The first-ever Oakland Teacher Convention took an interesting turn this afternoon (or maybe, before then) when some of the 200 delegates expressed frustration and disappointment with today’s sessions, drawing hearty applause.
The discontent was strong enough to cause the event organizers on the Effective Teaching Task Force to change the plan for Saturday. (That’s what they’re doing in the above photo.)
From what I heard, there was a lot of talking to teachers — rather than with teachers — about the district’s various task forces, during morning sessions designed to provide context. In the afternoon, teachers were asked to review the California Standards for the Teaching Profession (Side note: Some of this was through “pair shares.” Is it a common practice to use k-12 teaching terminology and exercises for the teachers, themselves? If so, why is that? Do you find it helpful or patronizing?), and to propose Oakland-centric changes to those standards. Some of the small group sessions apparently grew testy, although not the one I observed.
At the end of the day, sensing the temperature in the room was high, organizers scrapped plans to share some of the work from the previous session and opened the floor for people to vent. Some said they felt misled, thinking they were coming to the convention to have deep discussions about teaching and the needs of their schools when even the limited time for dialogue felt constrained and rushed. Others said they were confused about the purpose of the convention: Were they going to have anything to take back to their schools when it ended?
Some teachers chimed in, saying it was important to keep going — that this was just the beginning. “I think we hit the wall today, and that’s OK, ” said Sue Scott, a veteran teacher from Joaquin Miller. Now, she said, “We go to the other side.”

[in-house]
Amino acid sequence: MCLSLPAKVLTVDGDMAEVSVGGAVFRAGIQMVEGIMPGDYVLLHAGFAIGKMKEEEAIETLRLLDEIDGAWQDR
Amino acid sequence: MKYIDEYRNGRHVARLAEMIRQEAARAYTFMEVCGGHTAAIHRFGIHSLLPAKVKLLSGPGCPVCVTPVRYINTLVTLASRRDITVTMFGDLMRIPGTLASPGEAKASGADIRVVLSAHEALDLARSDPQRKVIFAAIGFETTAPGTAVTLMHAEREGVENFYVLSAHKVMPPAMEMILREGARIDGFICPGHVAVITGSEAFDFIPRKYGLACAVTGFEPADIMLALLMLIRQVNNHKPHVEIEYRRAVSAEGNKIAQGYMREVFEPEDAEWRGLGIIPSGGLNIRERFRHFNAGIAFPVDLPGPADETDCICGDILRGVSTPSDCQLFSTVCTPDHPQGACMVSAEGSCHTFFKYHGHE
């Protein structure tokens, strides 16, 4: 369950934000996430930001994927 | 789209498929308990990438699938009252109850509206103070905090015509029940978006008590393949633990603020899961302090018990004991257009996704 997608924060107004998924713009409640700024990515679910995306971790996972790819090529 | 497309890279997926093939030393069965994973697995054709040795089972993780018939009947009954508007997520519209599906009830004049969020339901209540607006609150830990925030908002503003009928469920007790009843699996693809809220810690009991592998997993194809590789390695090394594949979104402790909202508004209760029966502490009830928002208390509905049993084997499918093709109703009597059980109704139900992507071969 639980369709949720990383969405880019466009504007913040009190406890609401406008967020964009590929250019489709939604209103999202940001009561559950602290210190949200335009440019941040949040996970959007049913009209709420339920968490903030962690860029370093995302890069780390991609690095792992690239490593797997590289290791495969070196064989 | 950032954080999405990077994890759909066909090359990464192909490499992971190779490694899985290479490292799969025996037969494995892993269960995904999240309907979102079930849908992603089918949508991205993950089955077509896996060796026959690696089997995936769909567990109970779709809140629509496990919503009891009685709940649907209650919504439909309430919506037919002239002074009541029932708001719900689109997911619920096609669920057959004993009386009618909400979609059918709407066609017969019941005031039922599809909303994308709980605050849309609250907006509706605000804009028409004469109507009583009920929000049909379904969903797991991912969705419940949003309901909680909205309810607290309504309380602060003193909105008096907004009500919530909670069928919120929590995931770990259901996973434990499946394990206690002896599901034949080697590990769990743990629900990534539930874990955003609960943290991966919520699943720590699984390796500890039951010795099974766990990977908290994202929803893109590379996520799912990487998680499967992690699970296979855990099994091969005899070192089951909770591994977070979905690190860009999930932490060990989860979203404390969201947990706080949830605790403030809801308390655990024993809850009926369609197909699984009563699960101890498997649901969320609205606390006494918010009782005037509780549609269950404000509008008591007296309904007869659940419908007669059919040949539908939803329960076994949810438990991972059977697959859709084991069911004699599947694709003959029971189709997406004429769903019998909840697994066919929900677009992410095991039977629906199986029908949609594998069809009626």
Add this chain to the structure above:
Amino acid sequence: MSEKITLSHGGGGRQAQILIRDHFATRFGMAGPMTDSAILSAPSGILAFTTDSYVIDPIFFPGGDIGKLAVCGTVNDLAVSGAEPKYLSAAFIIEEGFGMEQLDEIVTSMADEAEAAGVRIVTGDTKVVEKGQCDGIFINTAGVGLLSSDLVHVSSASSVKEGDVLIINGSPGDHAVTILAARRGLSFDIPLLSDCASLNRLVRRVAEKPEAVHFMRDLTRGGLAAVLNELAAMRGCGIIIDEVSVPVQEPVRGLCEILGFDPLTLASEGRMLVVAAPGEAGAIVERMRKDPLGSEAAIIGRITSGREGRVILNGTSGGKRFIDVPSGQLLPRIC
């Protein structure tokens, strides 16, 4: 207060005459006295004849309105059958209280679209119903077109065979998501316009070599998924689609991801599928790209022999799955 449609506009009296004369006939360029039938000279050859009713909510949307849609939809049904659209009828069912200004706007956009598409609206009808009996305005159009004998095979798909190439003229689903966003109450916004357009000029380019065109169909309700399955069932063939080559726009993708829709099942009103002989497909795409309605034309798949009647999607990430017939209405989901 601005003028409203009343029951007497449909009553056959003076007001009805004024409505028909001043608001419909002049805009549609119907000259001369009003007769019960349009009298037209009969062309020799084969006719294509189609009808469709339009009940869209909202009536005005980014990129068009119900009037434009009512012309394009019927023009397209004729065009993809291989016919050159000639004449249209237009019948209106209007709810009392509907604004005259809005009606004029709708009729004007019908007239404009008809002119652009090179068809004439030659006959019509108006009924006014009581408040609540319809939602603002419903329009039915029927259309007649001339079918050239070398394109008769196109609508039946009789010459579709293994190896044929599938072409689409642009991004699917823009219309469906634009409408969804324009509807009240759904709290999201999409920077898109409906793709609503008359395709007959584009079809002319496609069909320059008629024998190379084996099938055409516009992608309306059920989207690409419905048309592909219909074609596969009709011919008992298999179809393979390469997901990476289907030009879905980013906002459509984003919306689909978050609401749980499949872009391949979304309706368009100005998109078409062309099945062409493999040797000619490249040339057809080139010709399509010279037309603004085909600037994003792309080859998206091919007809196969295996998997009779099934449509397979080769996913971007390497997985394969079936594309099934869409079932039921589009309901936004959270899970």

Bri Moore, a first-year teacher and Oakland native who came to OUSD through Teach Tomorrow in Oakland, told the group that she came to this convention to learn from some of the district’s best teachers. “What I’m getting is a lot of negativity,” she said. “What I need from you is not the negativity. What I need is to share your craft. What I need from you is your knowledge and your resources.”
“I want to encourage everybody to still keep your hearts open,” said Betty Olson-Jones, OEA president and co-chair of the teaching task force, which organized the three-day event. “I want you all to honor yourselves for speaking up and saying, `This is not what I came for.’”
A couple dozen people stayed afterward to regroup and plan for the next day. Everyone was invited to do so. A discussion about working conditions was already on tomorrow’s agenda, but now it sounds like there will be opportunities for teachers throughout the day to talk about what’s working in their schools, what’s not, what they need from the district, etc. And, at the end, to set priorities for the district and talk about how the work will continue after the convention ends.
Delegates: What has your experience been like so far? In the spirit of openness, I’d like to ask delegates to use their full names when they write about the convention.